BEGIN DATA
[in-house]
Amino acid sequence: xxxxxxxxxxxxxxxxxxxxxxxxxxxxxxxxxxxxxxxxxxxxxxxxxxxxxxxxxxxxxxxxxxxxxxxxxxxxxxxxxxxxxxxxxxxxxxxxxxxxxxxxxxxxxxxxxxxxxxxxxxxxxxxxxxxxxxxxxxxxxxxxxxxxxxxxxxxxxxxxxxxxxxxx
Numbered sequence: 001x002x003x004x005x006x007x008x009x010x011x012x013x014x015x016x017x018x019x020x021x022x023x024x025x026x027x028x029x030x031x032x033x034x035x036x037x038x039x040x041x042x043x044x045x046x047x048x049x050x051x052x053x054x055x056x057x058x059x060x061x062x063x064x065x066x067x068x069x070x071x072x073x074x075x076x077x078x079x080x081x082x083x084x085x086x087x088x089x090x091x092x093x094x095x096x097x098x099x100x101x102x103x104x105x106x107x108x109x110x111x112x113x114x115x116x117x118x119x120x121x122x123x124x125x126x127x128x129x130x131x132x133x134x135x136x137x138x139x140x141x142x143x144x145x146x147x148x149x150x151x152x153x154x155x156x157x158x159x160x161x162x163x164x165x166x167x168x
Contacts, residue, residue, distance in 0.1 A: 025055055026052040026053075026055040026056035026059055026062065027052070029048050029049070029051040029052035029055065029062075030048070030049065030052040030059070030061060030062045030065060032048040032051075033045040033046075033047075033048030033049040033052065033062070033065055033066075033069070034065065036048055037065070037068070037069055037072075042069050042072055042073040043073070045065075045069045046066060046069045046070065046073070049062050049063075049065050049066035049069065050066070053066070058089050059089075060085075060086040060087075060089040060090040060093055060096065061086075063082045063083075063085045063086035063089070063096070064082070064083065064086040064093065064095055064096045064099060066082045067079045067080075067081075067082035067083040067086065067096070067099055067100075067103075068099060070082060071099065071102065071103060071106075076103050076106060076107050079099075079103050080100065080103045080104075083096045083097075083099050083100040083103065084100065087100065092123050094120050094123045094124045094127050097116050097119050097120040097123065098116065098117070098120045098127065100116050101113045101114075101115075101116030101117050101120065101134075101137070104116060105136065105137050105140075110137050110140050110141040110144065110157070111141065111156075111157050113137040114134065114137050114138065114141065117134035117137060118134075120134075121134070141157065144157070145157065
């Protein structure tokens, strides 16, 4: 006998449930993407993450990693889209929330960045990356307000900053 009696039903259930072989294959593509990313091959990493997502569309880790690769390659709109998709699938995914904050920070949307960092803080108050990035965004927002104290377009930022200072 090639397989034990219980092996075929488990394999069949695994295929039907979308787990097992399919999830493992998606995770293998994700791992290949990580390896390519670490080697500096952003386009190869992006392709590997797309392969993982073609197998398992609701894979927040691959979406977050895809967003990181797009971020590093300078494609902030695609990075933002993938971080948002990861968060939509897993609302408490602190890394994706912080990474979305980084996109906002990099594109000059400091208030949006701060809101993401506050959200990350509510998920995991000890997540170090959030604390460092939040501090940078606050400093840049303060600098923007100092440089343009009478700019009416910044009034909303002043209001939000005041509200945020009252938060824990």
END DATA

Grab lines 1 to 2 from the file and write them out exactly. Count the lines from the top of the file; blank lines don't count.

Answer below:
[in-house]
Amino acid sequence: xxxxxxxxxxxxxxxxxxxxxxxxxxxxxxxxxxxxxxxxxxxxxxxxxxxxxxxxxxxxxxxxxxxxxxxxxxxxxxxxxxxxxxxxxxxxxxxxxxxxxxxxxxxxxxxxxxxxxxxxxxxxxxxxxxxxxxxxxxxxxxxxxxxxxxxxxxxxxxxxxxxxxxxx